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One hour closer to your first accident

Within minutes, I’m flying 30 degrees to the left to hold the same heading in clear air while pointing this out to my copilot. Looking past the airport, there was a long string of clouds up next to the Front Range. Down from the clouds comes a long skinny “S” shaped tornado. Our friend in the back seat says, “You know we are flying towards a Tornado.”

Flying over water, from Nebraska to the Florida Keys

My copilot and I learned to fly in 1980, and we try to take a long, fun flight every few years. This was our best and longest flight, by 300 miles. It may be his last, as he has 11 years on me. Flying out over the ocean to a point you can’t see land gives you insight to how pilots both famous and not could get messed up seeing so many shades of blue.

How many second chances do you get?

We thought our most exciting memories were behind us. Everything was going great; the sun was about to set and, in an instant, we lost everything but the motor. No radios. No lights. No electrical instruments. And no ideas – yet. We got through the checklist and decided we had lost our alternator.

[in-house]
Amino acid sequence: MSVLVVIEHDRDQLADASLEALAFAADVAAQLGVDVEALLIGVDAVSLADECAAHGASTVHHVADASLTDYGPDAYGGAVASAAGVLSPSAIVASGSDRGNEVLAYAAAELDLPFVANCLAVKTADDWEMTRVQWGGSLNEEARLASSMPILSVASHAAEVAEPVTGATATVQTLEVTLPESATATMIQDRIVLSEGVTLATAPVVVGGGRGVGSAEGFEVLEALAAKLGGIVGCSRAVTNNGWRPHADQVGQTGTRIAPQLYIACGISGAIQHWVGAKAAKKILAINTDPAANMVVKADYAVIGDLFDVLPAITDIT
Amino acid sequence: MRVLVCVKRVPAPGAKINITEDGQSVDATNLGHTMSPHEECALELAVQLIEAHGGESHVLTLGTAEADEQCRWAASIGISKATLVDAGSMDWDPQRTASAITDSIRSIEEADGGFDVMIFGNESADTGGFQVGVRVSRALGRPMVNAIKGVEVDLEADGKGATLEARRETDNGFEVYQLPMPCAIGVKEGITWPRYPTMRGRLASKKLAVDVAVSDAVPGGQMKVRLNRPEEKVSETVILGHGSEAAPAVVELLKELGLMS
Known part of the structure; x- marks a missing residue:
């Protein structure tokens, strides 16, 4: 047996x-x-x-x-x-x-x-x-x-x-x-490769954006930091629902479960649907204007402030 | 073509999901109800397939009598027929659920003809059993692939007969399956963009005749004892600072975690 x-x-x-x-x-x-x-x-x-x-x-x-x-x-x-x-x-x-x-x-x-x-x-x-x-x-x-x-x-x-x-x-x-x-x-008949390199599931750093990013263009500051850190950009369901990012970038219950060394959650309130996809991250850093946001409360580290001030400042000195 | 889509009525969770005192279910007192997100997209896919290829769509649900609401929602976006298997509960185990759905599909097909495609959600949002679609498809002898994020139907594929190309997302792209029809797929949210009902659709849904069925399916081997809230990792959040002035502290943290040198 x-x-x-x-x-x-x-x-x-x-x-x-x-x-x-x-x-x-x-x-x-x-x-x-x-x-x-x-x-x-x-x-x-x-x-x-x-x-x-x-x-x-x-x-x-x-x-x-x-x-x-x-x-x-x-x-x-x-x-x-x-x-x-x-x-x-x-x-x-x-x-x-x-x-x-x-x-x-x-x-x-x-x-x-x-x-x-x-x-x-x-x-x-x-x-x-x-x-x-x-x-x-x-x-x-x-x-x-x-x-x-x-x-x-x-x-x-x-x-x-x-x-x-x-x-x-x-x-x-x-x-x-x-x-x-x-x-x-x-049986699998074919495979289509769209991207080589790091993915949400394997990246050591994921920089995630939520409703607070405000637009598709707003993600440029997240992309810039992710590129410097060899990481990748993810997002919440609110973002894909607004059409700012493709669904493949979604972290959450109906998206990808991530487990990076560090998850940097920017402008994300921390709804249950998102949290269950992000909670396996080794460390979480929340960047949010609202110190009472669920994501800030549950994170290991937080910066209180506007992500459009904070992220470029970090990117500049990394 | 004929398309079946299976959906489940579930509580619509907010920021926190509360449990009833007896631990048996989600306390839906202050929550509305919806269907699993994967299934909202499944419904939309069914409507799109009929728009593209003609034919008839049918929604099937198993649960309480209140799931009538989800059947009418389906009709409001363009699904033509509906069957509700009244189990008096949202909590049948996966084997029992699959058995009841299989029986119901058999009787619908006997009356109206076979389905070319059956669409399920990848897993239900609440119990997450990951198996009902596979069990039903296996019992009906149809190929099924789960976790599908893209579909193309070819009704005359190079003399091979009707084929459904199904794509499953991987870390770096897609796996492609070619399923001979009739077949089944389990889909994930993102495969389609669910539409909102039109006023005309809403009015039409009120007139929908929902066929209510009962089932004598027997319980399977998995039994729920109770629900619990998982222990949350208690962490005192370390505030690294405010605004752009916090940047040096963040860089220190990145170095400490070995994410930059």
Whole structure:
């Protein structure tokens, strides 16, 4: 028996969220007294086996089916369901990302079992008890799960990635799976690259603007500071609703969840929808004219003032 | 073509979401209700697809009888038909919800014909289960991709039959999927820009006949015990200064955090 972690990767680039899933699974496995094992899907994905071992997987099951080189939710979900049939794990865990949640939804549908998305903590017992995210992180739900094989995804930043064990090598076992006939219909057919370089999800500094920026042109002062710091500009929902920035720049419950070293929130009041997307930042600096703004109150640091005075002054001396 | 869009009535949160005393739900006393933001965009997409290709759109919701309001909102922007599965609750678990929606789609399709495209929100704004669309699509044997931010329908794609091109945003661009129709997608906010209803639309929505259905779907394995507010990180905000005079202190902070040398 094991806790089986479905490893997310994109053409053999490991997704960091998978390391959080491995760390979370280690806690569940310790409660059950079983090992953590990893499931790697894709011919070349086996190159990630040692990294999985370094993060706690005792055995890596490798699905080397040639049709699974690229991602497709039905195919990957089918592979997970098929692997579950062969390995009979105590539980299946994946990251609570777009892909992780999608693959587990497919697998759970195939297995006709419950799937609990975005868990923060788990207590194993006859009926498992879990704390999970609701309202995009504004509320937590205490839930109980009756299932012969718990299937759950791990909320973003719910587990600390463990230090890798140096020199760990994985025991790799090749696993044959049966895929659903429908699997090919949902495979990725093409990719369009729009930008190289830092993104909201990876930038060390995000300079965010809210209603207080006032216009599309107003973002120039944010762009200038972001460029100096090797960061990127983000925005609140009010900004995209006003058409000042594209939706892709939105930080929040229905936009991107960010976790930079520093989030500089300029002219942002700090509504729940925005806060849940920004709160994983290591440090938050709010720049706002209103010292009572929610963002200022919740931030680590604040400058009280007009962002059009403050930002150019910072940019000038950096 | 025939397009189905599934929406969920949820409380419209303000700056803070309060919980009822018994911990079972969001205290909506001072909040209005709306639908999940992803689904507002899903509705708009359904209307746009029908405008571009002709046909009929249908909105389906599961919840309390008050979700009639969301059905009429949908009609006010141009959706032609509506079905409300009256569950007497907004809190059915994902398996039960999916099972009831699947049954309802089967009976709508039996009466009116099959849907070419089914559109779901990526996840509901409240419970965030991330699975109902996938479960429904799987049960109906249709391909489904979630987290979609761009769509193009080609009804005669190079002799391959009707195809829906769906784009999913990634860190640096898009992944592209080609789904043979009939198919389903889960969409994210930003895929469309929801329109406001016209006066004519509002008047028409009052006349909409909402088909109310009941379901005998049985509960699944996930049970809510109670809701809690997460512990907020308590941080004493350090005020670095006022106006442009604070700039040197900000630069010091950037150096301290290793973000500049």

Military flybys: rules and mistakes

For over 30 years, I have lived on a low-level military flight route. Twice a month, an F-4 would buzz our lake. Now it is KC-130 tankers high in the sky or a few Chinooks thundering across our lake. They can’t sneak up on you like an F-4. I have had five military flybys in the air as pilot in command. Every flyby makes my day better; some even make a life time memory. Here are a few.

How one pilot’s story saved my life

My friend was landing a high-wing Cessna at McCook, Nebraska, more than 30 years ago. As he began to flare, another low-wing airplane landed on top of him. Somehow both kept their cool and both landed safely. You may be able to say his story saved my life – at least it gave my story a much better ending.